Explaining the Concept of “Laboring Down”
When my poor sister-in-law was pregnant with my niece, she went over a week past her due date.
Although our pregnancies overlapped, the birth of my child had long ago changed me from giant, lumbering pregnant woman to giant, lumbering non-pregnant person in the dead of the summer heat. She continued on, suffering the same fate as I, as neither of us were one of those pregnant women with barely-there baby bumps.
No, sirree. None of that for us.
When even our mutual doctor, who much prefers to let labor take its course naturally without prodding along, was starting to feel sorry for her, she decided to schedule an induction one Monday morning early in September.
As is common with inductions (really, labor and delivery nurses see it all the time), her labor started the night before she was scheduled to be induced.
I woke up in the morning, so excited to meet my niece or nephew and texted around looking for an update. At around 9 in the morning, I found out that she was dilated to 10 cm already! Yay! Baby time!
Except baby time didn't come.
We waited and waited. And waited some more.
Around 2 o'clock in the afternoon, I couldn't take it anymore. I called my mother-in-law, wondering what on earth was going on. She too, had been worried. Why hadn't she had that baby yet?
As it would turn out, my sister-in-law went through a very normal, albeit slightly longer than most, process of labor called “laboring down.”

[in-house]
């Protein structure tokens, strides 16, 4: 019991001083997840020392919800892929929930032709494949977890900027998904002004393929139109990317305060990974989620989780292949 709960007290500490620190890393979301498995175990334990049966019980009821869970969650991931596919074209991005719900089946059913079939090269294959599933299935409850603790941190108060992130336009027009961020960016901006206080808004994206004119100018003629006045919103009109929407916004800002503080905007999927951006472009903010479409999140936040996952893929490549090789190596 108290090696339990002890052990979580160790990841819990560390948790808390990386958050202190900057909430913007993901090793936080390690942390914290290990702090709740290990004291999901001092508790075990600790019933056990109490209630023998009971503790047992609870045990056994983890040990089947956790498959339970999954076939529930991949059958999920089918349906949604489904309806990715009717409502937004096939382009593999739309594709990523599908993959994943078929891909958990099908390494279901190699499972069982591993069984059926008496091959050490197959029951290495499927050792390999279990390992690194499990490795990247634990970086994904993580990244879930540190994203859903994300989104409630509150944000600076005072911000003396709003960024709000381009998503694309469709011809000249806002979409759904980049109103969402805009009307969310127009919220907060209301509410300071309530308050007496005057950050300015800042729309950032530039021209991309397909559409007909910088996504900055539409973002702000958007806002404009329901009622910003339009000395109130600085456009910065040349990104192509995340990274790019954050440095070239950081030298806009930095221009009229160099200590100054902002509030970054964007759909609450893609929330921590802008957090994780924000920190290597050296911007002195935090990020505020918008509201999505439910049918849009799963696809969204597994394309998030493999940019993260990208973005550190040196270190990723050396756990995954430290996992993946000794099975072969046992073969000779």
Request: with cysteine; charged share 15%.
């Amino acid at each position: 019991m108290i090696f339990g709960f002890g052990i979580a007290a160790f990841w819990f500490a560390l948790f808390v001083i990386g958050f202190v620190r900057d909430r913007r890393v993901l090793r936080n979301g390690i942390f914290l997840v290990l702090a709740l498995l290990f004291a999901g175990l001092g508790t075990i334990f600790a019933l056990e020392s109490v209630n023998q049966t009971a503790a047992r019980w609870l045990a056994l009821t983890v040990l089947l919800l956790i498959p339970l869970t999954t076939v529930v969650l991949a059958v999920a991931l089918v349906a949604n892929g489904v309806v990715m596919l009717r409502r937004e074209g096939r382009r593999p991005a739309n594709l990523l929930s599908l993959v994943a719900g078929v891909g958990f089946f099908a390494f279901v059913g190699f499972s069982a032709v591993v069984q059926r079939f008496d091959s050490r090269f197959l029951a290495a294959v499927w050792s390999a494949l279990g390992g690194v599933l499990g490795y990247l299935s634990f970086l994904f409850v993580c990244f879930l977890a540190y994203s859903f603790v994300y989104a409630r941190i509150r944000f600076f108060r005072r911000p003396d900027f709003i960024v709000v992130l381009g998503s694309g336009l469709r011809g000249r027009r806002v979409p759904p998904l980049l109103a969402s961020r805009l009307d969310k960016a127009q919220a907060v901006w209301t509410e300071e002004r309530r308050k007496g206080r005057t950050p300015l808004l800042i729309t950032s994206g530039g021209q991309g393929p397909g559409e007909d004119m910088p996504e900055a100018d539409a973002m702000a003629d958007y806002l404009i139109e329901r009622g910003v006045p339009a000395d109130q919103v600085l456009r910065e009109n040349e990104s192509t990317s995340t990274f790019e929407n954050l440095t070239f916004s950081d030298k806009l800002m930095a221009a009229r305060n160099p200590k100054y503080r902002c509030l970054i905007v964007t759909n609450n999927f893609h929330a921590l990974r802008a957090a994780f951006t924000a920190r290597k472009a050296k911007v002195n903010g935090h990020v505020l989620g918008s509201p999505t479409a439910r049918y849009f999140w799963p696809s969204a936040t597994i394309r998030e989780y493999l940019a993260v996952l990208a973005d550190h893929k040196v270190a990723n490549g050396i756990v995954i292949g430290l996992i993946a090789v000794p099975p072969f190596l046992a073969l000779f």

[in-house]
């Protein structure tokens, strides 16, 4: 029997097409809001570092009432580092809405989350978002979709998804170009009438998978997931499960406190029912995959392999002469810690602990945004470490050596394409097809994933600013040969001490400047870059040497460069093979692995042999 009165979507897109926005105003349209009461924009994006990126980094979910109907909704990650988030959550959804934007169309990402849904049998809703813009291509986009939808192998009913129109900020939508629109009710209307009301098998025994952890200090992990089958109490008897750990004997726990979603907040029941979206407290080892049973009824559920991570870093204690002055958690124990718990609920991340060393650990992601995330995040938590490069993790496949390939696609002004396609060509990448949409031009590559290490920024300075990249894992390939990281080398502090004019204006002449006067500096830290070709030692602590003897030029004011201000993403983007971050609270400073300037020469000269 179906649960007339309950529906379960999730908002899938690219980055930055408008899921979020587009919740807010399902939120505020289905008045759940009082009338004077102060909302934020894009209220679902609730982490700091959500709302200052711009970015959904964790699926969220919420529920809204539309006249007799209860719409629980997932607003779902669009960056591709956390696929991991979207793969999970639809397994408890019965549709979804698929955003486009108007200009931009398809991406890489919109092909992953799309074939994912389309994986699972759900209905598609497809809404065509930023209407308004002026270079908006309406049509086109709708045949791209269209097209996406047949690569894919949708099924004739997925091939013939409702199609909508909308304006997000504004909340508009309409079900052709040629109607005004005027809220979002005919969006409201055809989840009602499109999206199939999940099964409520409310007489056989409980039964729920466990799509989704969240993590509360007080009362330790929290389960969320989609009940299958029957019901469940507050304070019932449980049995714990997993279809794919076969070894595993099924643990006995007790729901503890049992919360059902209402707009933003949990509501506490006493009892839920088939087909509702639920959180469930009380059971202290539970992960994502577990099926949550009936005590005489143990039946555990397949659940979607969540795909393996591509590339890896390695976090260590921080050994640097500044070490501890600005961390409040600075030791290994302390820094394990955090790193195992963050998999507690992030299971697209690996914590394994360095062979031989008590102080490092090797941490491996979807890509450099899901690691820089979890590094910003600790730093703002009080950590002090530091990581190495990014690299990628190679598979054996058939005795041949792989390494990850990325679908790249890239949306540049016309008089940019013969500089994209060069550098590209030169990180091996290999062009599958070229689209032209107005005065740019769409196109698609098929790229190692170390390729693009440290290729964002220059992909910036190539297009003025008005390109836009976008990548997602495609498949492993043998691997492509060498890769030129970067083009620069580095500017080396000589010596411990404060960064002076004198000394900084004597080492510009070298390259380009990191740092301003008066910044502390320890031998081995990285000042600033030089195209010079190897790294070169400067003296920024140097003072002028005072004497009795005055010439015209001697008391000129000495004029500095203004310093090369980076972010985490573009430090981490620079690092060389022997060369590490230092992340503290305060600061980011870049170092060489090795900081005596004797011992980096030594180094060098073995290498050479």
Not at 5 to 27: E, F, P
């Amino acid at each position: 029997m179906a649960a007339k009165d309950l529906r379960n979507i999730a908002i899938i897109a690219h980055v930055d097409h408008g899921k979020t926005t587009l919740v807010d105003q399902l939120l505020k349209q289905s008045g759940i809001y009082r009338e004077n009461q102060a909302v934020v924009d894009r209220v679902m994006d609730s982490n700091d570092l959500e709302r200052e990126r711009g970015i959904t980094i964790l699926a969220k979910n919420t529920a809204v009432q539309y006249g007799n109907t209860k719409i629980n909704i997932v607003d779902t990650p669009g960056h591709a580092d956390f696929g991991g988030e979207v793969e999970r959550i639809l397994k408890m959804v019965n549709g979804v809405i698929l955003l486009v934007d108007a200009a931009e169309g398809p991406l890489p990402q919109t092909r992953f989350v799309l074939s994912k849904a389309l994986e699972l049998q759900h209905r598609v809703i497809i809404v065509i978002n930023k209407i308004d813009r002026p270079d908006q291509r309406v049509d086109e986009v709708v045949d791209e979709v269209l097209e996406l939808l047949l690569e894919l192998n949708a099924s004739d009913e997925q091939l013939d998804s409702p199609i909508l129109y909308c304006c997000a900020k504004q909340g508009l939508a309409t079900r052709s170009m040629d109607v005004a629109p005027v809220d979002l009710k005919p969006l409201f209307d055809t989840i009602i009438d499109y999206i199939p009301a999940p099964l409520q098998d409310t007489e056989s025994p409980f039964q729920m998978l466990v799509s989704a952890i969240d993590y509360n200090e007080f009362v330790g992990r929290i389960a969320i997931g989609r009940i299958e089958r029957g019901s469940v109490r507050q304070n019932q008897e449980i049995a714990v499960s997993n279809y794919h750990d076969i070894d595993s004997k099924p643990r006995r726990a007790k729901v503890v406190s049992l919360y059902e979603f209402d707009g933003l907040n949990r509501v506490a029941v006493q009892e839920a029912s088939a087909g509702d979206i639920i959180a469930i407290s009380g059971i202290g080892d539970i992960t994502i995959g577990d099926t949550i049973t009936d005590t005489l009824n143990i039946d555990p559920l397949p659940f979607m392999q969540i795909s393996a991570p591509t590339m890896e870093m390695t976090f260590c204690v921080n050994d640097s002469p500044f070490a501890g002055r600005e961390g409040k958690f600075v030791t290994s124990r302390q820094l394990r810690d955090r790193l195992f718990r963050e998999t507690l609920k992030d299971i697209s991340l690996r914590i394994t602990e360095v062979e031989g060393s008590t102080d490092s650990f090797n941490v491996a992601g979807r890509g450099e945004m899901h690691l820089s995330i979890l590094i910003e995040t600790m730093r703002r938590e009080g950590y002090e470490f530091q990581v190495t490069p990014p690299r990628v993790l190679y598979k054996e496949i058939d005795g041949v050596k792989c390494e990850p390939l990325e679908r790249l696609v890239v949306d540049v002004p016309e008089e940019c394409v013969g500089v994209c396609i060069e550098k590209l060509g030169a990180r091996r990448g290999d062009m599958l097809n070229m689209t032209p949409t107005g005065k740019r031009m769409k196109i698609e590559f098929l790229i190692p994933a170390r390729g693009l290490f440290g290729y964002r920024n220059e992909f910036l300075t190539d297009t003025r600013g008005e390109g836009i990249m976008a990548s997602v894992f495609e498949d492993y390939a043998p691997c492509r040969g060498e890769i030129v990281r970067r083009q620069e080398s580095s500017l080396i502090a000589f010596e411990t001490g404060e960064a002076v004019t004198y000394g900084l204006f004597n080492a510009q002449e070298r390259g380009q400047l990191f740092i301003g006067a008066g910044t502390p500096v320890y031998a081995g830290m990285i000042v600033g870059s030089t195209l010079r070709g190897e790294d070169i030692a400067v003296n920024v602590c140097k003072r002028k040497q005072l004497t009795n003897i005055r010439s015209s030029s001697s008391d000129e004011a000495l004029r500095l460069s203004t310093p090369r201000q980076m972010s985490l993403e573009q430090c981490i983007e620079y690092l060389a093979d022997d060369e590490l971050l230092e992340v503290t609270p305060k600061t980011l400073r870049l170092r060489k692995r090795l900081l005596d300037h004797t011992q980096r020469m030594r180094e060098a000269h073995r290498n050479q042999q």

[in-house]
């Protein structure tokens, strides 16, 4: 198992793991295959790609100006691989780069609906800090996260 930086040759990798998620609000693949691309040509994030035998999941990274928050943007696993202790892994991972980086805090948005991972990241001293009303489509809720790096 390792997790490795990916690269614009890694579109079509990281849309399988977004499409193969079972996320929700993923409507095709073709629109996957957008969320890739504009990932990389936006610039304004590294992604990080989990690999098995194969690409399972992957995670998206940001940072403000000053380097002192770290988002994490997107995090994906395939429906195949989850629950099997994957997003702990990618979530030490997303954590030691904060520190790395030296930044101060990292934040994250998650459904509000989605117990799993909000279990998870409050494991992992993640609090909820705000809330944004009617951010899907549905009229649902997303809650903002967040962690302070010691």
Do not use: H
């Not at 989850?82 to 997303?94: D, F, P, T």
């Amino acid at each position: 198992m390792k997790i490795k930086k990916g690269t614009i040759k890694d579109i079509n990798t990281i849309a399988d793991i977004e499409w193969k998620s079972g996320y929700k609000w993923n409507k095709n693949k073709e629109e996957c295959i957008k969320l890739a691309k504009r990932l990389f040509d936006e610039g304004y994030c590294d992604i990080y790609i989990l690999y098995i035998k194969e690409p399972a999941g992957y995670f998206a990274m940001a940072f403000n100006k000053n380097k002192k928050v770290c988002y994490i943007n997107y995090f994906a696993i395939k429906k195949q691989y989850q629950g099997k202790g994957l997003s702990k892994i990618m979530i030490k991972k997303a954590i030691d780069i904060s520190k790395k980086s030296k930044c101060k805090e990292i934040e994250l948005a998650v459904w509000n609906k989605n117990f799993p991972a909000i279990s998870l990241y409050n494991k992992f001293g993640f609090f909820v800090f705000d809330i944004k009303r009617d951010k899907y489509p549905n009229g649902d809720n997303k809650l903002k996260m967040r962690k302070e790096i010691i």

“Laboring down” is a relatively new (as in not historically, but back from the doctor-controlled world of early modern childbirth … shudder) term for what is pretty natural for a laboring mother. Basically, it means that instead of instructing a mother to push, simply because she is fully dilated–as one might see in the movies–the childbirth team will have the mother “labor down” until she feels the overwhelming urge to push.
The reasoning behind laboring down is simple. Just because she is fully dilated, her baby might not be in the prime position to leave his comfy residence just yet. Laboring down allows the baby to get in prime position to make the transition out of the birth canal easier on both the mother and the baby.
Would you want your entire body squeezed every 2-3 minutes while trying to navigate down the smallest slip`n slide of your life?
Also, consider this: every time a mother pushes, that contraction and the force of her contraction, depending on the position of the umbilical cord, has the potential to cut off a big chunk of the baby's oxygen supply – as well as being darn uncomfortable for that poor little baby squished in there. (Would you want your entire body squeezed every 2-3 minutes while trying to navigate down the smallest slip`n slide of your life?) Prolonged and ineffective pushing could lead to tiring both mom and baby out, and lead to dangerously low oxygen levels in the baby, which will affect his or her heart rate, leading to–you guessed it–an emergency c-section.
Moral of the story? Let mom push when she feels ready to push, how she wants to push, and for how long she wants to push and all will be well in the world!
Oh–and my niece was born at 8:54 pm.
How long was your labor?